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Community Broadcaster: Post-Mueller, It’s Radio for the Save

The author is membership program director of the National Federation of Community Broadcasters. NFCB commentaries are featured regularly at www.radioworld.com.

In the wake of the completion of Robert Mueller’s report, much is being made of the outcome. More than 600 days and thousands of subpoenas later, we know little as of yet. That has not stopped the speculation.

One thing is clear: radio in communities across America has been a necessary antidote to some of the mess we’re offered on television and digital.

Although it is unlikely anti-Trump forces will get their wish and see Trump impeached over alleged ties to Russian election meddling, they got much coverage of the story. Whether that coverage was a democratic imperative or just excessive remains to be seen. However, I do not believe anyone can argue it was especially smart or illuminating.

[Read: Community Broadcaster: Making Our Case]

Reporting of the investigation was driven quite often by the 24-hour news cycle. Breathless cable channel pieces and roundtables from every angle squeezed the last ounce of drama, day and night. One network even logged every single day the public awaited the report’s completion, including graphics and dour voiceover on it being Day 400, or what have you. The apex of the frenzy may have been in January, when Buzzfeed doubled down on a story by a journalist accused of past plagiarism and shoddy reporting, in which Mueller’s office took the extraordinary step of labeling false.

Seven in 10 Americans say they have news fatigue. Is there any wonder why?

As a former newspaper and radio journalist, I pondered the stories that were missed by the focus on one important, but heavily covered, story. Rather than scold the press for not putting more resources into this-story or that-story, though, I wondered how many journalists spent more time on Mueller reads than going into rural communities and communities of color to share the news we rarely hear. Awaiting and reacting to awaiting the Mueller report added up to hours and hours of news each day for a single story. And while television and digital media is a game of ad impressions, where Mueller stories generate clicks but human trafficking or the epidemic of intimate partner violence don’t, omitting that reality and dressing up the focus to, frankly, “Because Trump,” felt obscenely hollow.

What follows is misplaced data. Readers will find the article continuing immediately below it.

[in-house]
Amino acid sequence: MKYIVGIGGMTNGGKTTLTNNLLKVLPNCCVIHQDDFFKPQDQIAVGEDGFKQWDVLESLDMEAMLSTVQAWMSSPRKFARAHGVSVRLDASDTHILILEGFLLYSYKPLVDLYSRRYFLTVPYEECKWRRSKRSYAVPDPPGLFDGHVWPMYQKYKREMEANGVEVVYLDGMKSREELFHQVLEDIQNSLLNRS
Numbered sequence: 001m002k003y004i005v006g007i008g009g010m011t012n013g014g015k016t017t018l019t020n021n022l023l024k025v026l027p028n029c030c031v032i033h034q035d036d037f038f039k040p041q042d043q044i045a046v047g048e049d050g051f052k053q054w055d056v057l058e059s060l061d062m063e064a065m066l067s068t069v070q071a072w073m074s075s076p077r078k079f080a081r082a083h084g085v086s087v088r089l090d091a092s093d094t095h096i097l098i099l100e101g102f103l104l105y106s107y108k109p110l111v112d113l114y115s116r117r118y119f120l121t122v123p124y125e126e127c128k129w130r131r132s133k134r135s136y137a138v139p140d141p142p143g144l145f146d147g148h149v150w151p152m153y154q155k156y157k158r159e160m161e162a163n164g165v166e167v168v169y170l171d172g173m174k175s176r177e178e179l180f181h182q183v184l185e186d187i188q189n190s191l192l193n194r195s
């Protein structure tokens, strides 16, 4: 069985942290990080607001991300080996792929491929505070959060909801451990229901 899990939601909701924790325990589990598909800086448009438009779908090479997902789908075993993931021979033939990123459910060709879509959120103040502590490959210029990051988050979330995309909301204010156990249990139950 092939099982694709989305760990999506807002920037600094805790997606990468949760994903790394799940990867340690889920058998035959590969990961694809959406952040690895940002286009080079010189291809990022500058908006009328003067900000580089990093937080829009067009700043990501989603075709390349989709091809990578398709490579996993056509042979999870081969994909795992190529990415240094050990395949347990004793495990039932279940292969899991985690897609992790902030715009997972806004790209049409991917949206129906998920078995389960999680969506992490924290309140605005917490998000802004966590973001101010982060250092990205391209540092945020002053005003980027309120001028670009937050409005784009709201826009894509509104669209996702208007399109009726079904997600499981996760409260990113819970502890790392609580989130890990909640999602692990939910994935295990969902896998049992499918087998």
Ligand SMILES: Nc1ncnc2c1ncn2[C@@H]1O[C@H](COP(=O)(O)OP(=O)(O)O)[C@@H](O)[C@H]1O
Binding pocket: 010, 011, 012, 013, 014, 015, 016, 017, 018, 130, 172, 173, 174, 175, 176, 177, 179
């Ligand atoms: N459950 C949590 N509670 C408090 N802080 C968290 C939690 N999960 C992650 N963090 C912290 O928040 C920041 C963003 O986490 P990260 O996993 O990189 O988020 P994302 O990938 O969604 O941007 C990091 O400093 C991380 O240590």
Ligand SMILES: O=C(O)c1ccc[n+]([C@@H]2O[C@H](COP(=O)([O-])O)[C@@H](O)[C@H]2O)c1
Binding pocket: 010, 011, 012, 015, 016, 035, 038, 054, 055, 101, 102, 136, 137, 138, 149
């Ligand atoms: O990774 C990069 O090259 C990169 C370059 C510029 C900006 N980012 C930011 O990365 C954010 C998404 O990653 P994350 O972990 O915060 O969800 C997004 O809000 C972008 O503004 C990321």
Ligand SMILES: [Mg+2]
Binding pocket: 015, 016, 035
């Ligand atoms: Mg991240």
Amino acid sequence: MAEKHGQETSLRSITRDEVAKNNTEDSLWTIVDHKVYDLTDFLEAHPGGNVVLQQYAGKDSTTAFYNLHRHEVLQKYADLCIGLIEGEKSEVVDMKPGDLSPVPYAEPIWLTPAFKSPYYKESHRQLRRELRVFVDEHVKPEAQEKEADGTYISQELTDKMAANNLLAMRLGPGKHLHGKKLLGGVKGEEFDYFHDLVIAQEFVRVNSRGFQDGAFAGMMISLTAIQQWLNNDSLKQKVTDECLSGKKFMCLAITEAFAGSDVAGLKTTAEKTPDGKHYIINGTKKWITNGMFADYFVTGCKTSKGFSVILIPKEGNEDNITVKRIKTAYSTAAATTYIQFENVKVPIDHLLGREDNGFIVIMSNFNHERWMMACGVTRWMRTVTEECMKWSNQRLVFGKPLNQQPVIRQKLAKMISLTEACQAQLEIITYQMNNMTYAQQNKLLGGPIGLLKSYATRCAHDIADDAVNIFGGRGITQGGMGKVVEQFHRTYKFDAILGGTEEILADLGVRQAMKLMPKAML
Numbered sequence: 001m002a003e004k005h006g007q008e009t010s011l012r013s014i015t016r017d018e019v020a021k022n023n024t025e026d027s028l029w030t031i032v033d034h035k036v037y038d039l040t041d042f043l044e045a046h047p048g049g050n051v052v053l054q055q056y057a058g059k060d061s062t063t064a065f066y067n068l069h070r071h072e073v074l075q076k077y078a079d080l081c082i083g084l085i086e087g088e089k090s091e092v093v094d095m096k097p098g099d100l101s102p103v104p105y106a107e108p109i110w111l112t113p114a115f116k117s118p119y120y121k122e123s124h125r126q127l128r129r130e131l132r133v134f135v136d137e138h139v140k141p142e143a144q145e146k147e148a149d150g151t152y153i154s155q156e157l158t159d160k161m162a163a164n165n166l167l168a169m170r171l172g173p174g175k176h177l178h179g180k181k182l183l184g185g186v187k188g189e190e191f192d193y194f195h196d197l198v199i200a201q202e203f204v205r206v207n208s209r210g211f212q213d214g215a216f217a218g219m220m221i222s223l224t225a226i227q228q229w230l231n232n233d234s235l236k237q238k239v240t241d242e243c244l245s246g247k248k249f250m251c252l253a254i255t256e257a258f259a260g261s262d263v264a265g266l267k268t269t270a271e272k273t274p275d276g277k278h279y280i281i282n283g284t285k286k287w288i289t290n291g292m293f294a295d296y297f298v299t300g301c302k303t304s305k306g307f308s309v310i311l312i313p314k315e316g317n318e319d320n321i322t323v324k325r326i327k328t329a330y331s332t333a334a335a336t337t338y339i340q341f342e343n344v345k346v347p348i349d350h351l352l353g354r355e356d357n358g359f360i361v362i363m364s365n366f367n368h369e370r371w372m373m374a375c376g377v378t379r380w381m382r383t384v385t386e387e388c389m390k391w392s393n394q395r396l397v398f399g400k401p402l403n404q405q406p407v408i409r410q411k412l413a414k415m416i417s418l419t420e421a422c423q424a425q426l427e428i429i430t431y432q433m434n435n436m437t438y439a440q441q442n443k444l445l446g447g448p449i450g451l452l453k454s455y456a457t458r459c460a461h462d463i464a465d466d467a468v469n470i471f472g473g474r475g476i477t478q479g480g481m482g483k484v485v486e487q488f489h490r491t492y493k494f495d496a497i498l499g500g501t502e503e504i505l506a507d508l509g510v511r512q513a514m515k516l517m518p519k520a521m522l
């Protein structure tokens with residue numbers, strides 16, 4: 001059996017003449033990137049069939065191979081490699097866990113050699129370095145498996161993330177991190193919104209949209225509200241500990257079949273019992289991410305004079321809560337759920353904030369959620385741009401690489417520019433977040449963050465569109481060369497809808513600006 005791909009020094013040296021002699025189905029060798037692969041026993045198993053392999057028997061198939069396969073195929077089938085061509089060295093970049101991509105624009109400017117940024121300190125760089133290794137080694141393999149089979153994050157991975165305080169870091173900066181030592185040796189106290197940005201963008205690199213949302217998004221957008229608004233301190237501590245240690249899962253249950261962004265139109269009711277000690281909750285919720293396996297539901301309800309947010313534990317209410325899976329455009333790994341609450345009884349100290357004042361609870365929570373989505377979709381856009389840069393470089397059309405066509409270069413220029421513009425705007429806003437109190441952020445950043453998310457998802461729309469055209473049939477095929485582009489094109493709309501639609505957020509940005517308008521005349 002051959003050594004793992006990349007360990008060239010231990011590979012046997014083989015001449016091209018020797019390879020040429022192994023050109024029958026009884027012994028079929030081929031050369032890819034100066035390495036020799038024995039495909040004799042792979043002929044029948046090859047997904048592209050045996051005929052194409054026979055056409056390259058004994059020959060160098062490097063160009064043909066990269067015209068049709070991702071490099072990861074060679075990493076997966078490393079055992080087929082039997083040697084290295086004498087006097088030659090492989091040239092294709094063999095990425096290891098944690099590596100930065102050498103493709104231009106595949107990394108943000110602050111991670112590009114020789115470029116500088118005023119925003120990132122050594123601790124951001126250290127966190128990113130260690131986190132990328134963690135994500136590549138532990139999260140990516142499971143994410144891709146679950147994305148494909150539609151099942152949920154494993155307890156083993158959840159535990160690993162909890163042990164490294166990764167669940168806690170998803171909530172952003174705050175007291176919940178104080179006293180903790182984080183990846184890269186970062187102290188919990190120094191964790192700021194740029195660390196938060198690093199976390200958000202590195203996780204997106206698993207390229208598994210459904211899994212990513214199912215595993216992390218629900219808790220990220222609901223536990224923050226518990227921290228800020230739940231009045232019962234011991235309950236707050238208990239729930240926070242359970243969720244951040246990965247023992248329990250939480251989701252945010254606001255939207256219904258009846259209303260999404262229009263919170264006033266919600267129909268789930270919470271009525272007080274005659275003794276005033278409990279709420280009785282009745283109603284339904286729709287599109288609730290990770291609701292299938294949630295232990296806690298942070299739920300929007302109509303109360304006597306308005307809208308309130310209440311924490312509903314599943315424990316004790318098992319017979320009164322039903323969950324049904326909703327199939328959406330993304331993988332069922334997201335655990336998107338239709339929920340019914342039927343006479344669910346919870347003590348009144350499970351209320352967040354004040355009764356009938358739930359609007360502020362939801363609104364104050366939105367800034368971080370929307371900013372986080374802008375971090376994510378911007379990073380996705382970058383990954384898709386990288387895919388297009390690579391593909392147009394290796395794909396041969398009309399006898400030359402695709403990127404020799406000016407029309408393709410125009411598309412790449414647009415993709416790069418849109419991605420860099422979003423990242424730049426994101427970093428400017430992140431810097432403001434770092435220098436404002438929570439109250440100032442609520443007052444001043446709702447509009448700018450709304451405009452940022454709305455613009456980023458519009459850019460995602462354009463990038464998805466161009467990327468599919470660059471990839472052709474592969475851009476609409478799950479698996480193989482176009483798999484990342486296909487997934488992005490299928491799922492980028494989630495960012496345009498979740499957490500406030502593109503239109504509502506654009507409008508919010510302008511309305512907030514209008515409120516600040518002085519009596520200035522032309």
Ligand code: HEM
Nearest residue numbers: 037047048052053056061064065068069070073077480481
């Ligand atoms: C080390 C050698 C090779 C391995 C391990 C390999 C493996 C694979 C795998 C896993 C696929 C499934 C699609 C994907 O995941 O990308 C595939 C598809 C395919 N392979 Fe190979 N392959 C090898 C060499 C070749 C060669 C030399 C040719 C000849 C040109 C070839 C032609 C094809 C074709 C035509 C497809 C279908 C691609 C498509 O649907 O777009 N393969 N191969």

With the findings done and no further criminal charges or other related activity on the horizon, today you do not need to look far to encounter various news outlets and journalists defending this sort of reporting. Simply do a search for “news coverage mueller” and you’ll be treated to a plethora of pundits defending the press. Yet, to quote the famous philosopher Jay-Z, men lie and women lie, but numbers don’t. Television is down in audience. So is digital. Do you know what isn’t?

Radio.

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Chris Stigall argues conservative talk radio has been a corrective to liberal news coverage. While he’s off — Pew is among many organizations to note the nation is skewing more politically liberal in the last 40 years, making the conservative Silent Majority implication a bit suspect — news fatigue and distrust of media are real. These facts are assuredly why there is such disintermediation today; new content providers and outlets are popping up every moment as audiences want a fresh perspective on an issue. When CNN’s 14 thumbnail images screaming at each other and Fox News’ talking heads feel tiresome, most people crave something different.

Local radio offers connection to communities and greater context when Americans feel there’s misinformation elsewhere. At a station like Colorado’s KVNF, the award-winning Local Motion presents stories that reflect a community’s diversity of views. Meanwhile liberal radio talk show hosts like Thom Hartmann are the progressive counterparts of those Stigall champions. Like conservative talkers, such hosts seem unconvinced commercial media is getting the story right, and seek to go farther.

The result of all these fascinating radio departures is a more fully informed public, one that wants more nuance to its news. Radio has provided such richness for generations. Today is a day we only reaffirm that commitment by demonstrating that appealing to minds over clicks makes and keeps us relevant for years to come.

To be clear, my media criticism is more about the model. Furthermore, it is based in a hope for renewed attention on public and community media, which provides an important context to the news. It’s a context from which we can all benefit.

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